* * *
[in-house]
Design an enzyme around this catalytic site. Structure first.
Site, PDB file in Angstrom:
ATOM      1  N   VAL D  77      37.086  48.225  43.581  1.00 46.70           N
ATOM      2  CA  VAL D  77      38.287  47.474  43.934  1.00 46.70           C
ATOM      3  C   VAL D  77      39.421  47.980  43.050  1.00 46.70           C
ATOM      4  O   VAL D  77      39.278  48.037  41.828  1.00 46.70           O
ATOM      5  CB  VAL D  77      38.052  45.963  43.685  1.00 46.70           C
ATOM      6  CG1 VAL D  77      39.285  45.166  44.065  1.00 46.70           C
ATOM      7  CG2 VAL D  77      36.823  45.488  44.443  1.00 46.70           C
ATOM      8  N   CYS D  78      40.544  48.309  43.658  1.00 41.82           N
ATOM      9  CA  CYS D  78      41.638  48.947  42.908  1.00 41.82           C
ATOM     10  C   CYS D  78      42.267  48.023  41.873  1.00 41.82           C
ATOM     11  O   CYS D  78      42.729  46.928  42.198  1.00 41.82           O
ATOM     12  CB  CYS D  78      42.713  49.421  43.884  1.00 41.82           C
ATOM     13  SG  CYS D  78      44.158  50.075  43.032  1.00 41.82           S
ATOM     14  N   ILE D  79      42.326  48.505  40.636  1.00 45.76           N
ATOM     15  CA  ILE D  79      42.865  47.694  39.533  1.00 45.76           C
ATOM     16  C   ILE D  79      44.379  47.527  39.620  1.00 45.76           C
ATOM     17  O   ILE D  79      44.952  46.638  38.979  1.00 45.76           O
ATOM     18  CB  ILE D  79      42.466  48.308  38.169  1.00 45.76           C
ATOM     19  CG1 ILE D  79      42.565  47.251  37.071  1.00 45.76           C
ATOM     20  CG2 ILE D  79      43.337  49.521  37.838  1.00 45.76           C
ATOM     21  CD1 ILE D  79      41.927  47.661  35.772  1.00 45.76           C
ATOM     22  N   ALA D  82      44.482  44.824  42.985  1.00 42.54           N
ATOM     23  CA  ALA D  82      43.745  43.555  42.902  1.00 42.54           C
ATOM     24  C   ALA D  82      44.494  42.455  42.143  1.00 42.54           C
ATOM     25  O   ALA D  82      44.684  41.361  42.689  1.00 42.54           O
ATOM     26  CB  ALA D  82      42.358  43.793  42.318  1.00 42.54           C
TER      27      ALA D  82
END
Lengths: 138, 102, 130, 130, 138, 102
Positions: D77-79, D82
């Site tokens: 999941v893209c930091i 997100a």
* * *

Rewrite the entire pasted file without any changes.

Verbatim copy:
[in-house]
Design an enzyme around this catalytic site. Structure first.
Site, PDB file in Angstrom:
ATOM      1  N   VAL D  77      37.086  48.225  43.581  1.00 46.70           N
ATOM      2  CA  VAL D  77      38.287  47.474  43.934  1.00 46.70           C
ATOM      3  C   VAL D  77      39.421  47.980  43.050  1.00 46.70           C
ATOM      4  O   VAL D  77      39.278  48.037  41.828  1.00 46.70           O
ATOM      5  CB  VAL D  77      38.052  45.963  43.685  1.00 46.70           C
ATOM      6  CG1 VAL D  77      39.285  45.166  44.065  1.00 46.70           C
ATOM      7  CG2 VAL D  77      36.823  45.488  44.443  1.00 46.70           C
ATOM      8  N   CYS D  78      40.544  48.309  43.658  1.00 41.82           N
ATOM      9  CA  CYS D  78      41.638  48.947  42.908  1.00 41.82           C
ATOM     10  C   CYS D  78      42.267  48.023  41.873  1.00 41.82           C
ATOM     11  O   CYS D  78      42.729  46.928  42.198  1.00 41.82           O
ATOM     12  CB  CYS D  78      42.713  49.421  43.884  1.00 41.82           C
ATOM     13  SG  CYS D  78      44.158  50.075  43.032  1.00 41.82           S
ATOM     14  N   ILE D  79      42.326  48.505  40.636  1.00 45.76           N
ATOM     15  CA  ILE D  79      42.865  47.694  39.533  1.00 45.76           C
ATOM     16  C   ILE D  79      44.379  47.527  39.620  1.00 45.76           C
ATOM     17  O   ILE D  79      44.952  46.638  38.979  1.00 45.76           O
ATOM     18  CB  ILE D  79      42.466  48.308  38.169  1.00 45.76           C
ATOM     19  CG1 ILE D  79      42.565  47.251  37.071  1.00 45.76           C
ATOM     20  CG2 ILE D  79      43.337  49.521  37.838  1.00 45.76           C
ATOM     21  CD1 ILE D  79      41.927  47.661  35.772  1.00 45.76           C
ATOM     22  N   ALA D  82      44.482  44.824  42.985  1.00 42.54           N
ATOM     23  CA  ALA D  82      43.745  43.555  42.902  1.00 42.54           C
ATOM     24  C   ALA D  82      44.494  42.455  42.143  1.00 42.54           C
ATOM     25  O   ALA D  82      44.684  41.361  42.689  1.00 42.54           O
ATOM     26  CB  ALA D  82      42.358  43.793  42.318  1.00 42.54           C
TER      27      ALA D  82
END
Lengths: 138, 102, 130, 130, 138, 102
Positions: D77-79, D82
């Site tokens: 999941v893209c930091i 997100a």